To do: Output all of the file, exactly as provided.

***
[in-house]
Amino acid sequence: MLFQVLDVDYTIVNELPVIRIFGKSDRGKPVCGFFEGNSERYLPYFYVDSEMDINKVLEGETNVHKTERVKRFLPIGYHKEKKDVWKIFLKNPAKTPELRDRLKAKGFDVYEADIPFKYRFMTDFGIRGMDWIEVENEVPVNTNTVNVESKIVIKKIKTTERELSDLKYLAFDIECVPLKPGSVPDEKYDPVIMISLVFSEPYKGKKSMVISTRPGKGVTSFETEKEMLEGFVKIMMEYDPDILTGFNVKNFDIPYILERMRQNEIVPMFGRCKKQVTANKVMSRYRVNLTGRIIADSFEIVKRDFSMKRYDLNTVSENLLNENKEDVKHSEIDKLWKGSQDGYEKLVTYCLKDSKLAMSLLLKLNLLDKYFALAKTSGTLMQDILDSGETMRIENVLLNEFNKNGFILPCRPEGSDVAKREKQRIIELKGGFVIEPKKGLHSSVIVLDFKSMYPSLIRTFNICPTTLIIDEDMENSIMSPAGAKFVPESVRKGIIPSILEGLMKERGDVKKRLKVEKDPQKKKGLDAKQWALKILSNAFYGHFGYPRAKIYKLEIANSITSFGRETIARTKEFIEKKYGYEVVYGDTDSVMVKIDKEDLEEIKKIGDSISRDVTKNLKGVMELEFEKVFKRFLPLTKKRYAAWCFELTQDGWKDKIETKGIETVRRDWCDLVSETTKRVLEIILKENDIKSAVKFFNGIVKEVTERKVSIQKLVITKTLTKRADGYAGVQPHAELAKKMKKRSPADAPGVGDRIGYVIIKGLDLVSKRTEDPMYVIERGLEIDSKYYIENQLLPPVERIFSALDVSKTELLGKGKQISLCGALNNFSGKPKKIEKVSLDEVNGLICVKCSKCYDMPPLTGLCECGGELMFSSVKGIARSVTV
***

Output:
[in-house]
Amino acid sequence: MLFQVLDVDYTIVNELPVIRIFGKSDRGKPVCGFFEGNSERYLPYFYVDSEMDINKVLEGETNVHKTERVKRFLPIGYHKEKKDVWKIFLKNPAKTPELRDRLKAKGFDVYEADIPFKYRFMTDFGIRGMDWIEVENEVPVNTNTVNVESKIVIKKIKTTERELSDLKYLAFDIECVPLKPGSVPDEKYDPVIMISLVFSEPYKGKKSMVISTRPGKGVTSFETEKEMLEGFVKIMMEYDPDILTGFNVKNFDIPYILERMRQNEIVPMFGRCKKQVTANKVMSRYRVNLTGRIIADSFEIVKRDFSMKRYDLNTVSENLLNENKEDVKHSEIDKLWKGSQDGYEKLVTYCLKDSKLAMSLLLKLNLLDKYFALAKTSGTLMQDILDSGETMRIENVLLNEFNKNGFILPCRPEGSDVAKREKQRIIELKGGFVIEPKKGLHSSVIVLDFKSMYPSLIRTFNICPTTLIIDEDMENSIMSPAGAKFVPESVRKGIIPSILEGLMKERGDVKKRLKVEKDPQKKKGLDAKQWALKILSNAFYGHFGYPRAKIYKLEIANSITSFGRETIARTKEFIEKKYGYEVVYGDTDSVMVKIDKEDLEEIKKIGDSISRDVTKNLKGVMELEFEKVFKRFLPLTKKRYAAWCFELTQDGWKDKIETKGIETVRRDWCDLVSETTKRVLEIILKENDIKSAVKFFNGIVKEVTERKVSIQKLVITKTLTKRADGYAGVQPHAELAKKMKKRSPADAPGVGDRIGYVIIKGLDLVSKRTEDPMYVIERGLEIDSKYYIENQLLPPVERIFSALDVSKTELLGKGKQISLCGALNNFSGKPKKIEKVSLDEVNGLICVKCSKCYDMPPLTGLCECGGELMFSSVKGIARSVTV